Everyone’s favorite time of the year is upon us: tax season.

We all join in the annual ritual of compiling seemingly endless documents – W2s, 1098s, 1099-INTs, charitable giving statements and so on – which we dread no matter our perspective on taxation.

As onerous as this process can be, it provides a needed reminder that taxes are not only unavoidable, but also essential to a functioning society.

As I reviewed the 2015 State of the State addresses delivered in January for an EthicsDaily.com news brief, I noted how frequently taxes were presented in a negative light.

Lowering taxes and reducing government size was frequently presented as an unqualified good by many governors.

Rarely was taxation connected to the essential services they provide, save for education. An understanding of taxation as a means to advance the common good was notably absent.

In an often-quoted statement, Nelson Mandela said, “A nation should not be judged by how it treats its highest citizens but its lowest ones.”

While certainly not the only measure of society, it remains an important one that is rooted in the biblical witness.

Analyzing the tax system – how it is structured and what it is used to pay for – provides insight into how well a nation is doing in this regard.

I have fresh insight regarding what services my taxes support after purchasing a home for the first time.

Analyzing my property taxes – there is no state income tax in Texas – I found that more than 56 percent went to fund the local independent school district. The remaining 44 percent was divided between the county and the city in which I live.

At the national level, the Center for Budget and Policy Priorities provides a percentage breakdown of how U.S. income taxes are spent: Social Security (24), Medicaid, Medicare and CHIP (22), defense (19), safety net programs (12), federal retiree and veteran benefits (8), interest on the debt (6), infrastructure (3), other (3), science and medical research (2), education (1) and non-security international (1).

I’m encouraged to know that a majority of my state tax dollars fund public education and a majority of my federal tax dollars fund social safety net programs (when Social Security, Medicaid and so on are included in this category).

However, where tax dollars are spent only provides a partial analysis. Other considerations include: tax brackets, actual versus effective tax rates, capital gains versus earned income, regressive taxation like lotteries, and food taxes.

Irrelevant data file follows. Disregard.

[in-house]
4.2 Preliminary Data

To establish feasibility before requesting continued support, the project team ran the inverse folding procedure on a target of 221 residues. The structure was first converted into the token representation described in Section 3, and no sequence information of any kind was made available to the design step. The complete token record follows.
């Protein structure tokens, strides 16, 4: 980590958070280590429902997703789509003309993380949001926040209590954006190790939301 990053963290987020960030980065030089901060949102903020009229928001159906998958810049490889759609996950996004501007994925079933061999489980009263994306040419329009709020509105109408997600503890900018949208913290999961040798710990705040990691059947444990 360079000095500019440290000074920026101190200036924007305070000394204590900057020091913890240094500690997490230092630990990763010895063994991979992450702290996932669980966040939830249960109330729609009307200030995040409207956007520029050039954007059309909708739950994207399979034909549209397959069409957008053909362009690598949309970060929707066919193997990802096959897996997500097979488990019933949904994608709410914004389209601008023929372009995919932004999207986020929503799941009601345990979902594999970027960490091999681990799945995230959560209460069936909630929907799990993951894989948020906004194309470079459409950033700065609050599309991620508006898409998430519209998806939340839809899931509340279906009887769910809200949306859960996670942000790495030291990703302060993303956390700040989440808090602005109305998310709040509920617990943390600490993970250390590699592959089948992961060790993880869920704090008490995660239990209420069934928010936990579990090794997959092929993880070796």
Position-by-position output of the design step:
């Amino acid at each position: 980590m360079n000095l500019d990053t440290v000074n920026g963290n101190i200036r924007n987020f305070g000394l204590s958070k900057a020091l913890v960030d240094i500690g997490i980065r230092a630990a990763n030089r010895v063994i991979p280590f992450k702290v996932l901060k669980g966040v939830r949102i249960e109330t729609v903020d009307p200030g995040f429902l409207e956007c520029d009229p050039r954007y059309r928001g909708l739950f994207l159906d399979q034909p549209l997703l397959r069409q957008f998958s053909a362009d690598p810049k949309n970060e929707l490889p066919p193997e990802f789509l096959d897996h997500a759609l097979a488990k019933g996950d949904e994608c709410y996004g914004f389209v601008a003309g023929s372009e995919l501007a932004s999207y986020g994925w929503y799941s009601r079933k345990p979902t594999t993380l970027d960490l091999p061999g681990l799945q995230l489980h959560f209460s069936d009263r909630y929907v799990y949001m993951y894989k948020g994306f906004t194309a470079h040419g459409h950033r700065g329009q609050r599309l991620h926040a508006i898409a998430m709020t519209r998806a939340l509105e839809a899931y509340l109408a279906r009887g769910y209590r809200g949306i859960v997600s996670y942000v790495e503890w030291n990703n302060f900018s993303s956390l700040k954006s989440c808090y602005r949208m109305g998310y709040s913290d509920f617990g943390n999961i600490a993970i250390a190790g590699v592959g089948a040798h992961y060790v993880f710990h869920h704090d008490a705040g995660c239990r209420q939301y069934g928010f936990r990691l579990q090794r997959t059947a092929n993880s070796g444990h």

In addition, there is the overly complex tax system to consider, which favors people who, like myself, can afford to pay someone to file my tax return to ensure that it is done correctly and that I can claim any exemptions for which my family qualifies.

Considering how few sermons or studies I have heard (or given) on the topic, it seems clear that Christians need to engage in more frequent moral, ethical reflection on taxation.

When doing so, we must ensure that our discussion isn’t rooted in partisan politics but in the biblical witness.

While turning to the Bible is essential, locating relevant texts, interpreting them accurately and applying them faithfully to present-day circumstances can prove difficult.

Reflect on how many different interpretations you’ve encountered regarding Jesus’ comment, “Render to Caesar what is Caesar’s and to God what is God’s” (Matthew 22:21; Mark 12:17), and you’ll understand the challenge.

To bridge the gap, EthicsDaily.com’s documentary, “Sacred Texts, Social Duty,” could help you engage this issue in a Sunday school class, small group or Wednesday night Bible study.

The film offers an avenue to explore how the Abrahamic faith traditions engage the relationship between faith, morality and taxation.

Featuring Baptist ministers and professors, Jewish rabbis, Muslim imams, seminary deans and more, the film provides a balanced, substantive engagement of the issue.

You can learn more about the documentary at SacredTextsSocialDuty.com, and there is a free study guide available to help facilitate conversation.

In addition to the film, there are numerous articles related to taxation available on EthicsDaily.com.

Sadly, what “Sacred Texts, Social Duty” producers, Robert Parham and Cliff Vaughn, found in 2010 remains true too often today: taxation is a forbidden topic in churches, more rare than an annual obligatory tithing sermon.

More telling is the fact that, almost five years since its release, the film remains one of the few resources for people of faith to reflect on how their faith tradition engages the issue.

The Abrahamic faith traditions have rich resources to offer a vibrant witness on taxation, defending the cause of the poor, pointing the way toward a more just social order, and providing substantive reflection that transcends partisan rhetoric.

The weeks leading up to “tax day” in April offer an annual opportunity for congregations to engage this issue.

While Lent is almost over, Christians could embrace the Lenten practice of giving up something, in this case, their preconceptions about taxation, in order to explore what their sacred texts have to say on this topic during Eastertide.

Zach Dawes is the managing editor for EthicsDaily.com. You can follow him on Twitter @ZachDawes_Jr.

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